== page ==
In this study we have determined the amount of Nerve Growth Factor (NGF) and the innervation density of the glabrous hindpaw skin of diabetic rats (n=4) and controls (n=3). The proportion of intra-epidermal nerve fibres (IENF) expressing the high affinity NGF receptor (trkA) and calcitonin gene-related peptide (CGRP) were also determined. Four weeks after induction of diabetes by intraperitoneal streptozotocin injection skin was analyzed for: (i) NGF content using ELISA and (ii) the innervation density of peptidergic afferents that also expressed trkA using immunocytochemistry. NGF levels were approximately three-fold higher in diabetic skin compared to controls (diabetic: 134.7±24.0 (SD) pgml(-1), control: 42.7±21.5pgml(-1), p=0.002). As expected there was a significant reduction in IENF density in diabetic skin (2.7±1.3 fibresmm(-1)) compared to controls (6.9±1.5 fibresmm(-1); p=0.01). In diabetic rats there was no significant difference in the proportion of trkA-labelled IENF (diabetic 74±21%; control 83±15%, p=0.6), but significantly more trkA-positive IENF were also labelled by CGRP antibodies in diabetic skin compared to controls (diabetic 89±22%; control 38±2%, p=0.03). These data suggest that in diabetes the upregulation of cutaneous NGF may 'over-troph' the surviving axons, increasing CGRP labelling, which may be important in the aetiology of painful diabetic neuropathy.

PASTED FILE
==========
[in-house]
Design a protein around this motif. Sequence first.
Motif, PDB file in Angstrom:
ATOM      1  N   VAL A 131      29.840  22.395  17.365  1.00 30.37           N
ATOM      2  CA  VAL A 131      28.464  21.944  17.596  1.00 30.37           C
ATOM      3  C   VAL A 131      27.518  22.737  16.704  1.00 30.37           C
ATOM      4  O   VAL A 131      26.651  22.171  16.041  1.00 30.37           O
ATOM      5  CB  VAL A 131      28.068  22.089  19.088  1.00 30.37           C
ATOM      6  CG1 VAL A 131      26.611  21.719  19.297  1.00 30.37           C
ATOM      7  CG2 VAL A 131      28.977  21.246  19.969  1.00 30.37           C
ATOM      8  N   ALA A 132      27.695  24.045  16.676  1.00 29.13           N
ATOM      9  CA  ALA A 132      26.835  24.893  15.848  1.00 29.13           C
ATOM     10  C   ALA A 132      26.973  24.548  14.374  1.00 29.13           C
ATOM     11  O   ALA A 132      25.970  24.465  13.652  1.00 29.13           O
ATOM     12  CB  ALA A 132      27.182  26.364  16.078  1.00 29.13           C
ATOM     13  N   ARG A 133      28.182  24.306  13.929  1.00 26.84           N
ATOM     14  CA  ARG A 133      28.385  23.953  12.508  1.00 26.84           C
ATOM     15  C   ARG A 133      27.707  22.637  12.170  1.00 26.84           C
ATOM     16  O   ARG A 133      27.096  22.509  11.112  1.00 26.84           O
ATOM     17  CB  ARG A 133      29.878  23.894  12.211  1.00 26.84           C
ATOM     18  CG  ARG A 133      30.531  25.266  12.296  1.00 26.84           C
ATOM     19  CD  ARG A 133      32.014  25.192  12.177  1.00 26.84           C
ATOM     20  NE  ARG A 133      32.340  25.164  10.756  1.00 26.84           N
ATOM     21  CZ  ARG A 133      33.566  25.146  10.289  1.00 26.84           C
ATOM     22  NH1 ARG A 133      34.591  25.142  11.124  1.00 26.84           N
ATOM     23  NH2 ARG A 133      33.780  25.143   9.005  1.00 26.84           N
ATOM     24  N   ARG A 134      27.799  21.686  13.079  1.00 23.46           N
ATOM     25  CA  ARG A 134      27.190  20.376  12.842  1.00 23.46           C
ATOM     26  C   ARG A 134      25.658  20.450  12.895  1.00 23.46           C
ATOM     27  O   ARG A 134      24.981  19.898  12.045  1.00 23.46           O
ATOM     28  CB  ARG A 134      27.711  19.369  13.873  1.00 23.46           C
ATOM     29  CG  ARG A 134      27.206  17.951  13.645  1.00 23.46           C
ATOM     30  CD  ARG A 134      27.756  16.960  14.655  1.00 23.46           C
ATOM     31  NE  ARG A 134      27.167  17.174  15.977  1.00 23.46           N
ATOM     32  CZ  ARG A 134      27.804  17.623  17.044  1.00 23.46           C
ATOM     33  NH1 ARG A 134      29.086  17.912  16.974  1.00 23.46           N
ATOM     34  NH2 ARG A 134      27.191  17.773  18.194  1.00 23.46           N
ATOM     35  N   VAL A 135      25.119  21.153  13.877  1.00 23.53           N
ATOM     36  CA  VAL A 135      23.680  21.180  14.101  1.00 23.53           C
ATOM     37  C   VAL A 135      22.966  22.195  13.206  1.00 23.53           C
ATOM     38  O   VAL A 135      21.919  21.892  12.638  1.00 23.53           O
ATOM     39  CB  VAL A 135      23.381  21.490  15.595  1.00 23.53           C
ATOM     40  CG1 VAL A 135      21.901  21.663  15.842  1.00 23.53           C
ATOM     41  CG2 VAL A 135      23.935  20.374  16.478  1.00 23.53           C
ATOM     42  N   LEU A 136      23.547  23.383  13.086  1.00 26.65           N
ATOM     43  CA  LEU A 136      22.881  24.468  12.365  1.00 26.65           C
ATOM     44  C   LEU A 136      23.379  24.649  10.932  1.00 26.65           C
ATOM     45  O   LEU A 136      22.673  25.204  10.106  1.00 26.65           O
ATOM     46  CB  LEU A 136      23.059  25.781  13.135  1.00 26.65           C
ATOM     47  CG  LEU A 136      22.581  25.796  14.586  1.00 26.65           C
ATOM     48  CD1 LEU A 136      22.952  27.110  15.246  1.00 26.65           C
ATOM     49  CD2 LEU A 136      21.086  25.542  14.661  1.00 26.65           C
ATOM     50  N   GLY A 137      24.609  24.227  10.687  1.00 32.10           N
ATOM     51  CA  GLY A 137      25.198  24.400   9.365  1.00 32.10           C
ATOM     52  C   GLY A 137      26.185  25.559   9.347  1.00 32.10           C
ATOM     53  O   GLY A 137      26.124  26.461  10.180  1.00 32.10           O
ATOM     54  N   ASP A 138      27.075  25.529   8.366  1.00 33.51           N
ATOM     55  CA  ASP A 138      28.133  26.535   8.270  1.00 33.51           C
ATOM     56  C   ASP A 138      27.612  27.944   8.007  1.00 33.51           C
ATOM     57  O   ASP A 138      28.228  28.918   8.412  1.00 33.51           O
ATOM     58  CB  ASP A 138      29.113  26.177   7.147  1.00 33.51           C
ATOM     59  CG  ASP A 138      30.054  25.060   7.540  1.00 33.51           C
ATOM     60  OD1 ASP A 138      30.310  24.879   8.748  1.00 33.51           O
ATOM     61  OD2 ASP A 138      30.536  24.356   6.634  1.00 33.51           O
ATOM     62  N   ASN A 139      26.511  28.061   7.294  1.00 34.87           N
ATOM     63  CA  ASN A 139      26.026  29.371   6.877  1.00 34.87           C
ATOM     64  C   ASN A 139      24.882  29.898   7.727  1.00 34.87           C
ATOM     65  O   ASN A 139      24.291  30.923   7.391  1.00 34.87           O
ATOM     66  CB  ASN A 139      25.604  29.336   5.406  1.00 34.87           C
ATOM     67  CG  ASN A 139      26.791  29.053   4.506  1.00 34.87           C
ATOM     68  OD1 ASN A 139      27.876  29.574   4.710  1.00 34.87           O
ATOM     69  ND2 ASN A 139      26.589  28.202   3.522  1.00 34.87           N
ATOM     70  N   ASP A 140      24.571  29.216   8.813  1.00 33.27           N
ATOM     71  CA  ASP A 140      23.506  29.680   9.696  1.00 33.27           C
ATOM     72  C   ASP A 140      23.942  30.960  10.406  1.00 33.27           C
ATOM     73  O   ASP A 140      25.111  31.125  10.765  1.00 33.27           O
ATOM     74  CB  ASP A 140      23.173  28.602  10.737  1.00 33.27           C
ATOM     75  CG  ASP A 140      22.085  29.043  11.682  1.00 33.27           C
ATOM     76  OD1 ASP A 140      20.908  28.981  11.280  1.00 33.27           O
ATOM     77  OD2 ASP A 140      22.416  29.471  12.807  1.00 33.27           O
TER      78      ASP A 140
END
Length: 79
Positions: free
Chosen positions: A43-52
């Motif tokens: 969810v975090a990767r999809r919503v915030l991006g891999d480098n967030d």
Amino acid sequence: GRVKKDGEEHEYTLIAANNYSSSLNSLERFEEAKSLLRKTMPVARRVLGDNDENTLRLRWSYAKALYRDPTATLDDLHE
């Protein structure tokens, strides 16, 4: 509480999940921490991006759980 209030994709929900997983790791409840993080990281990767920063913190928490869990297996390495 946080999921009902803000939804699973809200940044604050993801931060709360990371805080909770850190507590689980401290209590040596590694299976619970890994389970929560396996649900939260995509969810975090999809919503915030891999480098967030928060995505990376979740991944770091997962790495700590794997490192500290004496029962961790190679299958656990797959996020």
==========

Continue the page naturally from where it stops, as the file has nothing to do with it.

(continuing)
Evans L et al. Neurosci Lett. 2012 Jan 6;506(1):59-63. Epub 2011 Oct 25.
Beta NGF (Human) ELISA Kit
Code No.: SK00307-01
Size: 100 ug
Price: $360.00 USD
Standard range: 15.6 -1000 pg/ml
Sensitivity: 7 pg/ml
Sample Type: serum and plasma
Intra-CV: 4-6%
Inter-CV: 8-12%
Data Sheet: PDF
Ultra-sensitive Beta NGF (Human) ELISA Kit
Code No.: SK00307-02
Size: 100 ug
Price: $390.00 USD
Standard range: 3.12 -200 pg/ml
Sensitivity: 1 pg/ml
Sample Type: serum and plasma
Intra-CV: 4-6%
Inter-CV: 8-12%
Data Sheet: PDF

 

Name
Code No.
Size
Price ($)
Beta NGF (Human) ELISA Kit SK00307-01 96 T 360.00
Ultra-sensitive Beta NGF (Human) ELISA Kit SK00307-02 96 T 390.00